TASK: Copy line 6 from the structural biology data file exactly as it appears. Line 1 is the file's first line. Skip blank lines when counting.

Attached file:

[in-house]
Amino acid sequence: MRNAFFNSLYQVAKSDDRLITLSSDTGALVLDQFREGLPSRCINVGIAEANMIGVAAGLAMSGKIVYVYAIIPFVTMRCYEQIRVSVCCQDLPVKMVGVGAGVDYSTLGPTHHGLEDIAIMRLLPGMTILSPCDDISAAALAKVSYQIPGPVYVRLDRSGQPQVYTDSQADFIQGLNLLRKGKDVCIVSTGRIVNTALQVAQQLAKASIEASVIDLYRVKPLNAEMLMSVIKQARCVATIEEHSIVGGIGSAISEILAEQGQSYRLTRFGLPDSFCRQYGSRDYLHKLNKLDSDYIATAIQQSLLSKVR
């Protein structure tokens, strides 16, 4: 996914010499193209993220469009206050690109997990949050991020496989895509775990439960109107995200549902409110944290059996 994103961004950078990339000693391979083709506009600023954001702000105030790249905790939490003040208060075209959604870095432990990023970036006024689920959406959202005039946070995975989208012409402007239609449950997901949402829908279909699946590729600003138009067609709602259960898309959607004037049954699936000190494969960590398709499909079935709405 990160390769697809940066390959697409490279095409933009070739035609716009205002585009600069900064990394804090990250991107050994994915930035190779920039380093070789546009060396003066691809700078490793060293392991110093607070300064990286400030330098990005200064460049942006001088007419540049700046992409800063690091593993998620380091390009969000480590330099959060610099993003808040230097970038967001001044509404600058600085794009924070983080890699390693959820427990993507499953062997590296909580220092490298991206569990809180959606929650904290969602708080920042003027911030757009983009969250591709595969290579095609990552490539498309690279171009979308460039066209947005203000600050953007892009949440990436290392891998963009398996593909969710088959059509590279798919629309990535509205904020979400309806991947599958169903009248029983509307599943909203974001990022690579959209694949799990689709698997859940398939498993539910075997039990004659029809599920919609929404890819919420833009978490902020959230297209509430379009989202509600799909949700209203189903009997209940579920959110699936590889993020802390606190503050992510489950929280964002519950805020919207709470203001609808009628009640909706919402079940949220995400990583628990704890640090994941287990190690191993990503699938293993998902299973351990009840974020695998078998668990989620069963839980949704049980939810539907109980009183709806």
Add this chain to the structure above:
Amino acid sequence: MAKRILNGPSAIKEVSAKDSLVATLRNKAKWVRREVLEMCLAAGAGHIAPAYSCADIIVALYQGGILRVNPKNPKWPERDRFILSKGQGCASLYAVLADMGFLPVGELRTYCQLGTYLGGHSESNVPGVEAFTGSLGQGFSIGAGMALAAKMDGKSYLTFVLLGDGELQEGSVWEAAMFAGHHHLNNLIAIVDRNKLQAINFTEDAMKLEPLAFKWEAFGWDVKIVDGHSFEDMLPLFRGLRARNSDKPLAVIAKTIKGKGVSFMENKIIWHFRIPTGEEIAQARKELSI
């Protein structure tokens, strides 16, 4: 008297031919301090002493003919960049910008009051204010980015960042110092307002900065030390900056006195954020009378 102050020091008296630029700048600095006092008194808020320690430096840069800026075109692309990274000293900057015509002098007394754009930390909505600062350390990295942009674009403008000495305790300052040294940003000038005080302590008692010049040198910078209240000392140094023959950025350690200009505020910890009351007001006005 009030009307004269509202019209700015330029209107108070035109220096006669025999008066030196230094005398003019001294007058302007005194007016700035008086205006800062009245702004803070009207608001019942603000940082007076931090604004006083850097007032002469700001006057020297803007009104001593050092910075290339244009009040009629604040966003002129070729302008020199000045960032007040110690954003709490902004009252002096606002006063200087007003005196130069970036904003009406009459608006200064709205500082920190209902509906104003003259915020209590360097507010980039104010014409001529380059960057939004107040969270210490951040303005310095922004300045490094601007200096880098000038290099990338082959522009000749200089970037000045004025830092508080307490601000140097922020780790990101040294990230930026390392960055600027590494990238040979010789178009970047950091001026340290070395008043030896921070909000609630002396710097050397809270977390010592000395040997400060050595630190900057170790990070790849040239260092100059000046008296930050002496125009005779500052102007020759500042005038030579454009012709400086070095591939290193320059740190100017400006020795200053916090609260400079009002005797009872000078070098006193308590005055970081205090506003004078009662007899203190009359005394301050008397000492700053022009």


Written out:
């Protein structure tokens, strides 16, 4: 008297031919301090002493003919960049910008009051204010980015960042110092307002900065030390900056006195954020009378 102050020091008296630029700048600095006092008194808020320690430096840069800026075109692309990274000293900057015509002098007394754009930390909505600062350390990295942009674009403008000495305790300052040294940003000038005080302590008692010049040198910078209240000392140094023959950025350690200009505020910890009351007001006005 009030009307004269509202019209700015330029209107108070035109220096006669025999008066030196230094005398003019001294007058302007005194007016700035008086205006800062009245702004803070009207608001019942603000940082007076931090604004006083850097007032002469700001006057020297803007009104001593050092910075290339244009009040009629604040966003002129070729302008020199000045960032007040110690954003709490902004009252002096606002006063200087007003005196130069970036904003009406009459608006200064709205500082920190209902509906104003003259915020209590360097507010980039104010014409001529380059960057939004107040969270210490951040303005310095922004300045490094601007200096880098000038290099990338082959522009000749200089970037000045004025830092508080307490601000140097922020780790990101040294990230930026390392960055600027590494990238040979010789178009970047950091001026340290070395008043030896921070909000609630002396710097050397809270977390010592000395040997400060050595630190900057170790990070790849040239260092100059000046008296930050002496125009005779500052102007020759500042005038030579454009012709400086070095591939290193320059740190100017400006020795200053916090609260400079009002005797009872000078070098006193308590005055970081205090506003004078009662007899203190009359005394301050008397000492700053022009």